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Criminal Justice Policies and Sex Offender Denial (From Managing Adult Sex Offenders: A Containment Approach, P 4.1- 4.18, 1996, Kim English, Suzanne Pullen, and Linda Jones, eds. - See NCJ-162392)

NCJ Number
Date Published
January 1996
18 pages
Denial among sex offenders is examined with respect to the consequences of certain prosecution and supervision policies that reinforce the denial among sex offenders and undermine the supervision process, as well as some innovative policy approaches to confronting denial.
Denial is a central theme in the management of sex offenders; sex offender therapists generally assume that all sex offenders are in some degree of denial about their crimes or the seriousness of their actions. Field interviews conducted in an NIJ-sponsored research project confirmed the importance of policies and practices that confront rather than support the sex offender's denial of the seriousness of the crime. Plea agreements that reinforce denial include Alford pleas, no contest pleas, pleas to nonsexual offenses, deferred judgments and sentences, and referrals to diversion programs. In addition, sending offenders who deny their crime to prison only postpones the inevitable, because most will eventually return to the community on parole. Responsible programming requires a continuum of treatment services. A combination of internal and external controls is needed and inextricably links the mental health community and the criminal justice system in an offender containment strategy. Methods of confronting or reducing denial include team supervision of sex offenders, the use of polygraphs, clear communication among criminal justice professionals, training and specialization of job duties, time-limited treatment for sex offenders in denial, and psychoeducational classes. Case examples and footnotes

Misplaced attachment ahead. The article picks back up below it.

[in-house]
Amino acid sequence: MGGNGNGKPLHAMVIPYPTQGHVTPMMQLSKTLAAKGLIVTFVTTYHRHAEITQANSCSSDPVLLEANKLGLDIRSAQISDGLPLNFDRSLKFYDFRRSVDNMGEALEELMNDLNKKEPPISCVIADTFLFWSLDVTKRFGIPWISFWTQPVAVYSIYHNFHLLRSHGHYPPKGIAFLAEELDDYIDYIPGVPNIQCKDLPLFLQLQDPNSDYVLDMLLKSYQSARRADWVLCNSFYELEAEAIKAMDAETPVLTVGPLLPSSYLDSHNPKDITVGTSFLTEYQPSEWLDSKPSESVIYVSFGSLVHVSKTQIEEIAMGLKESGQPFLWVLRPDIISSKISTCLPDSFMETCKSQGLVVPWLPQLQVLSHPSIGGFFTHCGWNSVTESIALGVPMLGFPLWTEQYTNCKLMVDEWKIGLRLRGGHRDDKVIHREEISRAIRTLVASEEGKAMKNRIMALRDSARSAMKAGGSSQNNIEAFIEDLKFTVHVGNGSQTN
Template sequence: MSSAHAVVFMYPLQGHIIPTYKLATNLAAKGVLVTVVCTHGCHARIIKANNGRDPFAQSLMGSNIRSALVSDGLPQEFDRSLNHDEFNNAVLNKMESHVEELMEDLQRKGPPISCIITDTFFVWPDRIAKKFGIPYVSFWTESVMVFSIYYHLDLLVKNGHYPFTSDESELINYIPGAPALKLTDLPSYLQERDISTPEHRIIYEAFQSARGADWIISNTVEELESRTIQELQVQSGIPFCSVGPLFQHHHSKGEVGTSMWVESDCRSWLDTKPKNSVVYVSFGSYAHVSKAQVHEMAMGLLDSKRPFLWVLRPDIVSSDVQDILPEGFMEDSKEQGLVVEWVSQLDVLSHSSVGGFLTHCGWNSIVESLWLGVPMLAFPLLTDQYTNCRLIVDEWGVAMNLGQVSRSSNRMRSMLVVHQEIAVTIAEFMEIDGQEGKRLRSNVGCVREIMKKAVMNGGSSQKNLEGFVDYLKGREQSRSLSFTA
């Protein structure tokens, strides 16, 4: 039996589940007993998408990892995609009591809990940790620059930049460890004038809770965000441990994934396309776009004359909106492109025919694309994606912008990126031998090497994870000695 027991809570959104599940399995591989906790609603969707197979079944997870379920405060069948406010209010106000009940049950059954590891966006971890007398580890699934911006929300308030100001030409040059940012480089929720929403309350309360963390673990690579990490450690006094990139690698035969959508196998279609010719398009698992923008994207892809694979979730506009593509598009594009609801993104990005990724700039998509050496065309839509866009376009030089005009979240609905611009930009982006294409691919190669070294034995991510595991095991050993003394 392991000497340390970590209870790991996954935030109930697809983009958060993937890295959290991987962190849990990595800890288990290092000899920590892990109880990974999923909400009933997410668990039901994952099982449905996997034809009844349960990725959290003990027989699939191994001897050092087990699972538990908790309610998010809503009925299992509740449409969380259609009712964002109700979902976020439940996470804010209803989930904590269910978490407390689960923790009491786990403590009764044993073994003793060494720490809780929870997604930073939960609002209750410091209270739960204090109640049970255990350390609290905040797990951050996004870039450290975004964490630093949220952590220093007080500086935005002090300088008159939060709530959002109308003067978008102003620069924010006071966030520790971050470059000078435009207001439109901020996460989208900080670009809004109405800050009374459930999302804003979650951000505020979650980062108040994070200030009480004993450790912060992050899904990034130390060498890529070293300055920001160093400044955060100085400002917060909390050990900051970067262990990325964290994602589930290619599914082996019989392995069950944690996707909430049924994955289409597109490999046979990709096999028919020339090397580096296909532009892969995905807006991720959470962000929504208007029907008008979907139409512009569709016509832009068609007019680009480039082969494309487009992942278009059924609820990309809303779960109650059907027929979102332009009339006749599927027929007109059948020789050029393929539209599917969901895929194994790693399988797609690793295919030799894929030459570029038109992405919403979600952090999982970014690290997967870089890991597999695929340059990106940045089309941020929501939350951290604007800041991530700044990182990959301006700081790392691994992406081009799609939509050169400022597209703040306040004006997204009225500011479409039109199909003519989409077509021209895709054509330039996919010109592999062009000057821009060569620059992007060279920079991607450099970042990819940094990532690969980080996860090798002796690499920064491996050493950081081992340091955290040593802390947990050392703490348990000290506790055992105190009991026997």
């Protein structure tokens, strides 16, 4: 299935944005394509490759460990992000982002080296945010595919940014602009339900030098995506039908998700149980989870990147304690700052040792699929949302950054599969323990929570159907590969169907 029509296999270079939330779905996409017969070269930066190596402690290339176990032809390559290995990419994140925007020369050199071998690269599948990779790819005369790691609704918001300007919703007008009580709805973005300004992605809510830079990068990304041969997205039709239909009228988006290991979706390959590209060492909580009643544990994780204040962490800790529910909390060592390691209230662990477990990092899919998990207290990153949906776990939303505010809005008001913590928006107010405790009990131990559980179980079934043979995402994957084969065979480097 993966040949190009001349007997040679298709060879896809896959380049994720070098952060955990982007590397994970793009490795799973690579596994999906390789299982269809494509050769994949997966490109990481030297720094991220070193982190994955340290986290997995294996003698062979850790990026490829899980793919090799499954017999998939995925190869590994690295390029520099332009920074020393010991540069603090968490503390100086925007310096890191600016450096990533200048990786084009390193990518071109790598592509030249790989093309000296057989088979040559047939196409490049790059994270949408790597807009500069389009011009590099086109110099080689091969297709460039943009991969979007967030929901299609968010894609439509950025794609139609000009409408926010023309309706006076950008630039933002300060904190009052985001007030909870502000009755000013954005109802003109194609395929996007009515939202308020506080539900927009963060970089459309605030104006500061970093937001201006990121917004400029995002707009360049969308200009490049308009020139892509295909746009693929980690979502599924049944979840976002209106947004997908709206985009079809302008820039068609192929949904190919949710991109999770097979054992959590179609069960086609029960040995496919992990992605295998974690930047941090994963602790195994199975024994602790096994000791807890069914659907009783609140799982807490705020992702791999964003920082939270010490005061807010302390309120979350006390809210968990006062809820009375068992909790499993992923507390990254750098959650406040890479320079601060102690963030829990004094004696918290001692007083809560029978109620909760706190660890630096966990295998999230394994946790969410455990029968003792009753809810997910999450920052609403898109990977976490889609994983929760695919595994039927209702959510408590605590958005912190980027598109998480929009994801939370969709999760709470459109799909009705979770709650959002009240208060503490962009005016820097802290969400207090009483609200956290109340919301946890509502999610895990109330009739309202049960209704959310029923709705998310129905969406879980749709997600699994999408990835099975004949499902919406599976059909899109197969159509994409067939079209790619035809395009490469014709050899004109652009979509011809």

Date Published: January 1, 1996